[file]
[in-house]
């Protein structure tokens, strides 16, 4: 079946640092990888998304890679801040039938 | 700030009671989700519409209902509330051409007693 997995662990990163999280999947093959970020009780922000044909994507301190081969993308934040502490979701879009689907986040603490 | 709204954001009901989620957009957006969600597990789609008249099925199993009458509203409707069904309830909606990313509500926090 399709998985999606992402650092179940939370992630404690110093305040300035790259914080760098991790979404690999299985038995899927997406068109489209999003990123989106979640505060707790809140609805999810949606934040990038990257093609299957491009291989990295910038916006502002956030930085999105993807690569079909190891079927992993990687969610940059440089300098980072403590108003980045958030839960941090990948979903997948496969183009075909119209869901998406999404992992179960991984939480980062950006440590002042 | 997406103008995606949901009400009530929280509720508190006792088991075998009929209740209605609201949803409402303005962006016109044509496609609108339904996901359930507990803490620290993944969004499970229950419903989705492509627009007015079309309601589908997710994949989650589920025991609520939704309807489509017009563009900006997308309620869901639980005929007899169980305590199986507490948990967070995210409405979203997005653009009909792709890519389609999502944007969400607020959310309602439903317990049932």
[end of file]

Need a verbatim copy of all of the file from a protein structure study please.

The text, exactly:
[in-house]
């Protein structure tokens, strides 16, 4: 079946640092990888998304890679801040039938 | 700030009671989700519409209902509330051409007693 997995662990990163999280999947093959970020009780922000044909994507301190081969993308934040502490979701879009689907986040603490 | 709204954001009901989620957009957006969600597990789609008249099925199993009458509203409707069904309830909606990313509500926090 399709998985999606992402650092179940939370992630404690110093305040300035790259914080760098991790979404690999299985038995899927997406068109489209999003990123989106979640505060707790809140609805999810949606934040990038990257093609299957491009291989990295910038916006502002956030930085999105993807690569079909190891079927992993990687969610940059440089300098980072403590108003980045958030839960941090990948979903997948496969183009075909119209869901998406999404992992179960991984939480980062950006440590002042 | 997406103008995606949901009400009530929280509720508190006792088991075998009929209740209605609201949803409402303005962006016109044509496609609108339904996901359930507990803490620290993944969004499970229950419903989705492509627009007015079309309601589908997710994949989650589920025991609520939704309807489509017009563009900006997308309620869901639980005929007899169980305590199986507490948990967070995210409405979203997005653009009909792709890519389609999502944007969400607020959310309602439903317990049932």